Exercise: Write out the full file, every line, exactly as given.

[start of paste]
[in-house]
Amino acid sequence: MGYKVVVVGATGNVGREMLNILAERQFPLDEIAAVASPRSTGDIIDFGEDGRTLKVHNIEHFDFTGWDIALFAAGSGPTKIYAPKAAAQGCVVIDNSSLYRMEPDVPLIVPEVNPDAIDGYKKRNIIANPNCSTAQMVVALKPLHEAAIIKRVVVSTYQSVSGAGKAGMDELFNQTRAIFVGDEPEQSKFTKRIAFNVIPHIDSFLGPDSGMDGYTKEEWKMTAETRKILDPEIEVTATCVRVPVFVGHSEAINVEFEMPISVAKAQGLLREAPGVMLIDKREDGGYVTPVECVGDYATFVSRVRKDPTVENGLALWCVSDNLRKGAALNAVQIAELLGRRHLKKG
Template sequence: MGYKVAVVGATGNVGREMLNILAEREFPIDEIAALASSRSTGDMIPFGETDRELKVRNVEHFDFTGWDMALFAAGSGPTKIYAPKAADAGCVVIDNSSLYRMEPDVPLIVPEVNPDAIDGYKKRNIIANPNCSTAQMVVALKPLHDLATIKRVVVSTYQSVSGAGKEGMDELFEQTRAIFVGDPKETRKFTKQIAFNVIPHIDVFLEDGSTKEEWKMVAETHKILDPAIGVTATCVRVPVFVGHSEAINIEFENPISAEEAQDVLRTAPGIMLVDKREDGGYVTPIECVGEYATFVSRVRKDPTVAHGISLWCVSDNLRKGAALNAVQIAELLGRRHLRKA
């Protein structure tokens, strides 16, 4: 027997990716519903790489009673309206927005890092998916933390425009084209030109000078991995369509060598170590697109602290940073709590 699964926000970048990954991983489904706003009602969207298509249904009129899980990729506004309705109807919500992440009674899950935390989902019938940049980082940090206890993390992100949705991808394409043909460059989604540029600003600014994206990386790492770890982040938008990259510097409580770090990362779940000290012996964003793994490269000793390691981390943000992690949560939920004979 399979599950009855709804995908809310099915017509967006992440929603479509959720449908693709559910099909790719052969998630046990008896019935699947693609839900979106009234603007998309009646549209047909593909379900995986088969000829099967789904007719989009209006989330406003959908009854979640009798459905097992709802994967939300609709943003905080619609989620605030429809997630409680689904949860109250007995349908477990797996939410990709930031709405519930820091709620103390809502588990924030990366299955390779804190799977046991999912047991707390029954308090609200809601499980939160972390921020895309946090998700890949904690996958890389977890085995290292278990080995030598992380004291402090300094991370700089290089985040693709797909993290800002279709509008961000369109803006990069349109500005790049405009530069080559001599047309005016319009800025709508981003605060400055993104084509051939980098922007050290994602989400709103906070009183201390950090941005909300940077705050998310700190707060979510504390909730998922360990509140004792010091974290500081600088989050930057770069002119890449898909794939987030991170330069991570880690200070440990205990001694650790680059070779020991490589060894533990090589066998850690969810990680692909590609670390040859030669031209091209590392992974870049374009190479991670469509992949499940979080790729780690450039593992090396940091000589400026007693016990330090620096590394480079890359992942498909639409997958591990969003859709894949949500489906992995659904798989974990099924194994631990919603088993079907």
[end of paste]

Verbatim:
[in-house]
Amino acid sequence: MGYKVVVVGATGNVGREMLNILAERQFPLDEIAAVASPRSTGDIIDFGEDGRTLKVHNIEHFDFTGWDIALFAAGSGPTKIYAPKAAAQGCVVIDNSSLYRMEPDVPLIVPEVNPDAIDGYKKRNIIANPNCSTAQMVVALKPLHEAAIIKRVVVSTYQSVSGAGKAGMDELFNQTRAIFVGDEPEQSKFTKRIAFNVIPHIDSFLGPDSGMDGYTKEEWKMTAETRKILDPEIEVTATCVRVPVFVGHSEAINVEFEMPISVAKAQGLLREAPGVMLIDKREDGGYVTPVECVGDYATFVSRVRKDPTVENGLALWCVSDNLRKGAALNAVQIAELLGRRHLKKG
Template sequence: MGYKVAVVGATGNVGREMLNILAEREFPIDEIAALASSRSTGDMIPFGETDRELKVRNVEHFDFTGWDMALFAAGSGPTKIYAPKAADAGCVVIDNSSLYRMEPDVPLIVPEVNPDAIDGYKKRNIIANPNCSTAQMVVALKPLHDLATIKRVVVSTYQSVSGAGKEGMDELFEQTRAIFVGDPKETRKFTKQIAFNVIPHIDVFLEDGSTKEEWKMVAETHKILDPAIGVTATCVRVPVFVGHSEAINIEFENPISAEEAQDVLRTAPGIMLVDKREDGGYVTPIECVGEYATFVSRVRKDPTVAHGISLWCVSDNLRKGAALNAVQIAELLGRRHLRKA
């Protein structure tokens, strides 16, 4: 027997990716519903790489009673309206927005890092998916933390425009084209030109000078991995369509060598170590697109602290940073709590 699964926000970048990954991983489904706003009602969207298509249904009129899980990729506004309705109807919500992440009674899950935390989902019938940049980082940090206890993390992100949705991808394409043909460059989604540029600003600014994206990386790492770890982040938008990259510097409580770090990362779940000290012996964003793994490269000793390691981390943000992690949560939920004979 399979599950009855709804995908809310099915017509967006992440929603479509959720449908693709559910099909790719052969998630046990008896019935699947693609839900979106009234603007998309009646549209047909593909379900995986088969000829099967789904007719989009209006989330406003959908009854979640009798459905097992709802994967939300609709943003905080619609989620605030429809997630409680689904949860109250007995349908477990797996939410990709930031709405519930820091709620103390809502588990924030990366299955390779804190799977046991999912047991707390029954308090609200809601499980939160972390921020895309946090998700890949904690996958890389977890085995290292278990080995030598992380004291402090300094991370700089290089985040693709797909993290800002279709509008961000369109803006990069349109500005790049405009530069080559001599047309005016319009800025709508981003605060400055993104084509051939980098922007050290994602989400709103906070009183201390950090941005909300940077705050998310700190707060979510504390909730998922360990509140004792010091974290500081600088989050930057770069002119890449898909794939987030991170330069991570880690200070440990205990001694650790680059070779020991490589060894533990090589066998850690969810990680692909590609670390040859030669031209091209590392992974870049374009190479991670469509992949499940979080790729780690450039593992090396940091000589400026007693016990330090620096590394480079890359992942498909639409997958591990969003859709894949949500489906992995659904798989974990099924194994631990919603088993079907």